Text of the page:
Laugh hysterically while witnessing the mayhem of a 1950s sitcom desperately trying to stay afloat in the ratings in the Ocean State Theatre Company’s production of Neil Simon’s Laughter on the 23rd Floor.
Ocean State Theatre Company marked its one year anniversary with the opening of Neil Simon’s Laughter on the 23rd Floor. And, thanks to a commanding performance by veteran actor Fred Sullivan, OSTC continues to shine as the area’s newest rising star.
Chaos and laughs reign in this semiautobiographical play about a group of egocentric comedy writers trying to save the 1950s TV series “The Max Prince Show” from falling into ratings oblivion. Based on Simon’s own experiences as a young writer on Sid Caesar’s “Your Show of Shows,” the playwright smartly captures the mayhem of this sinking ship.
Laughter is filled with non-stop gags and one-liners as the writers try to one-up each other and lay claim to the show’s funniest writer. While some of the jokes are tame by today’s standards and fall a bit flat, much of the production celebrates the true comic genius of yesteryear, a time when comedians were actually skilled actors and entertainers. Though the production does contain some R-rated language, it is not the punch-line of every joke, unlike much of today’s humor.
Director Brad Van Grack makes an impressive OSTC debut by keeping the pace quick, easily digestible and, more importantly, funny. Van Grack is best known for his work in Washington, D.C. theaters as a long-time member of The Capital Steps, a musical-political satire group for which Playbill Online recently named him the Best Featured Actor in a Musical Off-Broadway.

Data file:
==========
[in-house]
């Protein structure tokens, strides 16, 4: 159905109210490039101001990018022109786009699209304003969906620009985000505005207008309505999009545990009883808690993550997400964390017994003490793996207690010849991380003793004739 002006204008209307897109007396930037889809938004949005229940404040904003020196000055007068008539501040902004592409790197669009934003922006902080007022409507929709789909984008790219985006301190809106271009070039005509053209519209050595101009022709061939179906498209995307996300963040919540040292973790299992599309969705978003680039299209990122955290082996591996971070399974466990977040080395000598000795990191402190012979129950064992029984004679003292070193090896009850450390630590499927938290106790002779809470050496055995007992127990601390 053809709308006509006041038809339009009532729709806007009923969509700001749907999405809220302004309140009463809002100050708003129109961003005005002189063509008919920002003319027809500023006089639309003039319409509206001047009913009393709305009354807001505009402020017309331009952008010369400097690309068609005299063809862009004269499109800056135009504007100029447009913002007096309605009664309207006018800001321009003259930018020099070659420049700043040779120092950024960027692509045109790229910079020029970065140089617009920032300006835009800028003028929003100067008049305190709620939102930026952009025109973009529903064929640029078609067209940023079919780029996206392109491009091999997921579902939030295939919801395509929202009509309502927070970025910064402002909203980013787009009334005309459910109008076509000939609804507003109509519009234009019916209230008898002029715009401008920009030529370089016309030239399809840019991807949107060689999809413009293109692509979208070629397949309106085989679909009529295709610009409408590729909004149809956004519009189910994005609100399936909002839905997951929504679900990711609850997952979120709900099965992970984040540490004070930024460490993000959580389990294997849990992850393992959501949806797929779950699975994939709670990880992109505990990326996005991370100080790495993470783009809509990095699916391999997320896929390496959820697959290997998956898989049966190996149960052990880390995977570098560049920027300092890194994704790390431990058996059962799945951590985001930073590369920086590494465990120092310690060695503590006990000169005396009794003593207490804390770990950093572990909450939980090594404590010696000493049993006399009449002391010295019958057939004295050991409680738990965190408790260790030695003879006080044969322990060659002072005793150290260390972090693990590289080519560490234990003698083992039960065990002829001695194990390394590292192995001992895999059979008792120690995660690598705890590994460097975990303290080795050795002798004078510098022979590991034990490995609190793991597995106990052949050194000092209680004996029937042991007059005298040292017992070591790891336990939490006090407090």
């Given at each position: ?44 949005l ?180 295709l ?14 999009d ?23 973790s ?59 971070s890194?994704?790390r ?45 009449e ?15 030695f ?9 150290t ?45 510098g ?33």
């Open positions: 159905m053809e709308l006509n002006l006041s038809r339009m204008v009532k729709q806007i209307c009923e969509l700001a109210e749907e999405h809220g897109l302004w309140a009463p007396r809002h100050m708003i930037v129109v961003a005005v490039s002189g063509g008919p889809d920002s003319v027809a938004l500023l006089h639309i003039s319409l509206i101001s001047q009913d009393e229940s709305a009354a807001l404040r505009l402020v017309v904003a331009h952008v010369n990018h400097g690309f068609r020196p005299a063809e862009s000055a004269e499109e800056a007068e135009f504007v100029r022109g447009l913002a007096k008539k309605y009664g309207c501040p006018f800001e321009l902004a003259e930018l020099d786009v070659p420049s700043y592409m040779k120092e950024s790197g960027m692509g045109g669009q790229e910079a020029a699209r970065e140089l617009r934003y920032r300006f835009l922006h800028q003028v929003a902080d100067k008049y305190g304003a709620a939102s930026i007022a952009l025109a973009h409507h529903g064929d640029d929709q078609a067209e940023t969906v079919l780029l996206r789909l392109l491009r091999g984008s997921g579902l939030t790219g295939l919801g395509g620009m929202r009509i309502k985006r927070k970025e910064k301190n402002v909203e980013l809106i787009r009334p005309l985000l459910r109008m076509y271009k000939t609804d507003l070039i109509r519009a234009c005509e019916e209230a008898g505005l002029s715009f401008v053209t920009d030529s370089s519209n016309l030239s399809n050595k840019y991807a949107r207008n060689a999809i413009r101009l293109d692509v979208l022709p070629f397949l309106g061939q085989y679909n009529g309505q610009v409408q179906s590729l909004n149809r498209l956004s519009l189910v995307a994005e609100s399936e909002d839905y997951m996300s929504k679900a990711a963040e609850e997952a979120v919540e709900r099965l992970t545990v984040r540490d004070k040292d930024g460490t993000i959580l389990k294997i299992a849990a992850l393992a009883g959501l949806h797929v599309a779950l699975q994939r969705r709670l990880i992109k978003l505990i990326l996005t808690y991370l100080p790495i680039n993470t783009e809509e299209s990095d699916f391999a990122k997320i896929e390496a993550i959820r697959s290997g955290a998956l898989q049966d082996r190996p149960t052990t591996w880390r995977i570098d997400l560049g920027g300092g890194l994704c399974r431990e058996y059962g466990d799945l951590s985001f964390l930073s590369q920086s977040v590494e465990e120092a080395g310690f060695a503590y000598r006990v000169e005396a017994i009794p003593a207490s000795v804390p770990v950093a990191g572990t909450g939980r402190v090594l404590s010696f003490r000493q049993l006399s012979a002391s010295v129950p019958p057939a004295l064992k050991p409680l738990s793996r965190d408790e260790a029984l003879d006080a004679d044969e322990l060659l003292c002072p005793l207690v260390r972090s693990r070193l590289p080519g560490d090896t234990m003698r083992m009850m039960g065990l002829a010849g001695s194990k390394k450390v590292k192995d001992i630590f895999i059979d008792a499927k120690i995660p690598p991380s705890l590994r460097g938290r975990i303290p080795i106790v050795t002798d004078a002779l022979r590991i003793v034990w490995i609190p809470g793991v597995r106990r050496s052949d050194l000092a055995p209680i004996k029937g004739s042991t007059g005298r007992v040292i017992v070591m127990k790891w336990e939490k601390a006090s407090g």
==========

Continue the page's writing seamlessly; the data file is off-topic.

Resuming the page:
Adding to the play’s sense of paranoia, the country also finds itself in the throes of World War II and McCarthyism. With this serving as a constant backdrop, Sullivan’s manic portrayal of Max Prince wonderfully mirrors a nation’s growing sense of disillusionment. Times are changing and our show is “too smart and sophisticated,” the networks want “shit,” shouts Max.
Sullivan’s performance is both powerful and funny. As his show’s ratings continue to drop, his confusion and disorientation — aided by prescription drugs and scotch — worsen. Reminiscent of Jackie Gleason, the comedy requires Sullivan to be loud and physical. I kept waiting for him to bust out with “One of theses days … one of these days … Pow! Right in the kisser!”
His depiction of Julius Caesar, using a Marlon Brando voice during an Act II skit, is brilliant and hilarious – the highlight of the show. With each stab to his back, he painfully laments, “Et tu … Et three … Et four?” The audience howls, momentarily stopping the show.
The supporting cast also proves to be more than up to the task. Jean-Pierre Ferragamo (Milt) delivers some of the play’s funniest one-liners: “I’ve got a wife and kids to support; it’s murder on the mistress … ta da ta da!” Or, when one writer warns, “This is not the day to get me angry.” Milt responds, “Put me down for Wednesday.” He also has a penchant for wearing bizarre clothing, “I do it so people notice me, … [otherwise] I’m just a putz,” he explains, which doesn’t stop a bewildered Max from pronouncing, “You dress weird.”
The scene stealing Tommy Labanaris, as the perpetually late hypochondriac Ira, provokes his share of laughter. One listens in amazement during his entrance as he remarkably and breathlessly rattles off a litany of ailments and suggested treatments. He also surprises with a fine singing voice and some nifty dance moves in the “Julius Caesar” skit.
The role of Lucas, based on Neil Simon’s own experiences, is handled nicely by Matt Dasilva. As the youngest writer on “The Max Prince Show,” Dasilva also serves as the play’s narrator moving things along with an easy Matthew Broderick-like boyish charm.
Neil Simon’s Laughter on the 23rd Floor runs through February 16 in Ocean State Theatre Company’s new state-of-the-art theater in Warwick. For tickets, call 401-921-1777 or visit oceanstatetheatre.org.